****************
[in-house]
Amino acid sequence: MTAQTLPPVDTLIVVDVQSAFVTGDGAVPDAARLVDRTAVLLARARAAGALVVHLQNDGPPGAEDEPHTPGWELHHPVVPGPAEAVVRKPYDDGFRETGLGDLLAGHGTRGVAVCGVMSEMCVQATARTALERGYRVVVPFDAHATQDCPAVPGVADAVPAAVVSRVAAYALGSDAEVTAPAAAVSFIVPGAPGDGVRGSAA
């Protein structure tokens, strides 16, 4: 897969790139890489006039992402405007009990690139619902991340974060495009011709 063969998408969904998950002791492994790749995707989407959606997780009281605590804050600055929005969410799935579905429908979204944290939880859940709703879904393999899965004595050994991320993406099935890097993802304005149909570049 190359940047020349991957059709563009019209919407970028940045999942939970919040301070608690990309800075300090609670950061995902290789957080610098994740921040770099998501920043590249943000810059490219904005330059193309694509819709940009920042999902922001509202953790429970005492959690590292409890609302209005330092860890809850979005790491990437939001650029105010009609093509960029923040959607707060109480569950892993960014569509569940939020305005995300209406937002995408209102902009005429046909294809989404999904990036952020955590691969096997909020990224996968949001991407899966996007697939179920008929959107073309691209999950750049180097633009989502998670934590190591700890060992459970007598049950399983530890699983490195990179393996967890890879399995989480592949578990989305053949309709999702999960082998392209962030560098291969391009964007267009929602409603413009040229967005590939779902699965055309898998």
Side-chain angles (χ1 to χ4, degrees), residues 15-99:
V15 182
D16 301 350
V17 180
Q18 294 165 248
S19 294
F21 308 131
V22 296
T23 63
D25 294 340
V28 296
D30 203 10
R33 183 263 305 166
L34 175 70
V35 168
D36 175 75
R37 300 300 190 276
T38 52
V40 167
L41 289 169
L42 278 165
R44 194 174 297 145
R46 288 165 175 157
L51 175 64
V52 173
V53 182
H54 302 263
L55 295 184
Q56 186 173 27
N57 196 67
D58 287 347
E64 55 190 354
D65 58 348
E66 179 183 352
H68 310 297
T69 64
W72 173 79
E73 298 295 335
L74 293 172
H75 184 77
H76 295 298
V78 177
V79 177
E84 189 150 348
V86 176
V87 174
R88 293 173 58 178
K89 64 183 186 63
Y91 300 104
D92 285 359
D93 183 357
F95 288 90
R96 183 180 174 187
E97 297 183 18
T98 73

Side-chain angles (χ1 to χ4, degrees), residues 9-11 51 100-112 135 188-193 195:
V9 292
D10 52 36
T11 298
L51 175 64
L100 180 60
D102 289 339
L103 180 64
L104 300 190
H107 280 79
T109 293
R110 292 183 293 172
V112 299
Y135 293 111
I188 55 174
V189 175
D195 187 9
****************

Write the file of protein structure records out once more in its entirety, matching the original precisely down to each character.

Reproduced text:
[in-house]
Amino acid sequence: MTAQTLPPVDTLIVVDVQSAFVTGDGAVPDAARLVDRTAVLLARARAAGALVVHLQNDGPPGAEDEPHTPGWELHHPVVPGPAEAVVRKPYDDGFRETGLGDLLAGHGTRGVAVCGVMSEMCVQATARTALERGYRVVVPFDAHATQDCPAVPGVADAVPAAVVSRVAAYALGSDAEVTAPAAAVSFIVPGAPGDGVRGSAA
């Protein structure tokens, strides 16, 4: 897969790139890489006039992402405007009990690139619902991340974060495009011709 063969998408969904998950002791492994790749995707989407959606997780009281605590804050600055929005969410799935579905429908979204944290939880859940709703879904393999899965004595050994991320993406099935890097993802304005149909570049 190359940047020349991957059709563009019209919407970028940045999942939970919040301070608690990309800075300090609670950061995902290789957080610098994740921040770099998501920043590249943000810059490219904005330059193309694509819709940009920042999902922001509202953790429970005492959690590292409890609302209005330092860890809850979005790491990437939001650029105010009609093509960029923040959607707060109480569950892993960014569509569940939020305005995300209406937002995408209102902009005429046909294809989404999904990036952020955590691969096997909020990224996968949001991407899966996007697939179920008929959107073309691209999950750049180097633009989502998670934590190591700890060992459970007598049950399983530890699983490195990179393996967890890879399995989480592949578990989305053949309709999702999960082998392209962030560098291969391009964007267009929602409603413009040229967005590939779902699965055309898998």
Side-chain angles (χ1 to χ4, degrees), residues 15-99:
V15 182
D16 301 350
V17 180
Q18 294 165 248
S19 294
F21 308 131
V22 296
T23 63
D25 294 340
V28 296
D30 203 10
R33 183 263 305 166
L34 175 70
V35 168
D36 175 75
R37 300 300 190 276
T38 52
V40 167
L41 289 169
L42 278 165
R44 194 174 297 145
R46 288 165 175 157
L51 175 64
V52 173
V53 182
H54 302 263
L55 295 184
Q56 186 173 27
N57 196 67
D58 287 347
E64 55 190 354
D65 58 348
E66 179 183 352
H68 310 297
T69 64
W72 173 79
E73 298 295 335
L74 293 172
H75 184 77
H76 295 298
V78 177
V79 177
E84 189 150 348
V86 176
V87 174
R88 293 173 58 178
K89 64 183 186 63
Y91 300 104
D92 285 359
D93 183 357
F95 288 90
R96 183 180 174 187
E97 297 183 18
T98 73

Side-chain angles (χ1 to χ4, degrees), residues 9-11 51 100-112 135 188-193 195:
V9 292
D10 52 36
T11 298
L51 175 64
L100 180 60
D102 289 339
L103 180 64
L104 300 190
H107 280 79
T109 293
R110 292 183 293 172
V112 299
Y135 293 111
I188 55 174
V189 175
D195 187 9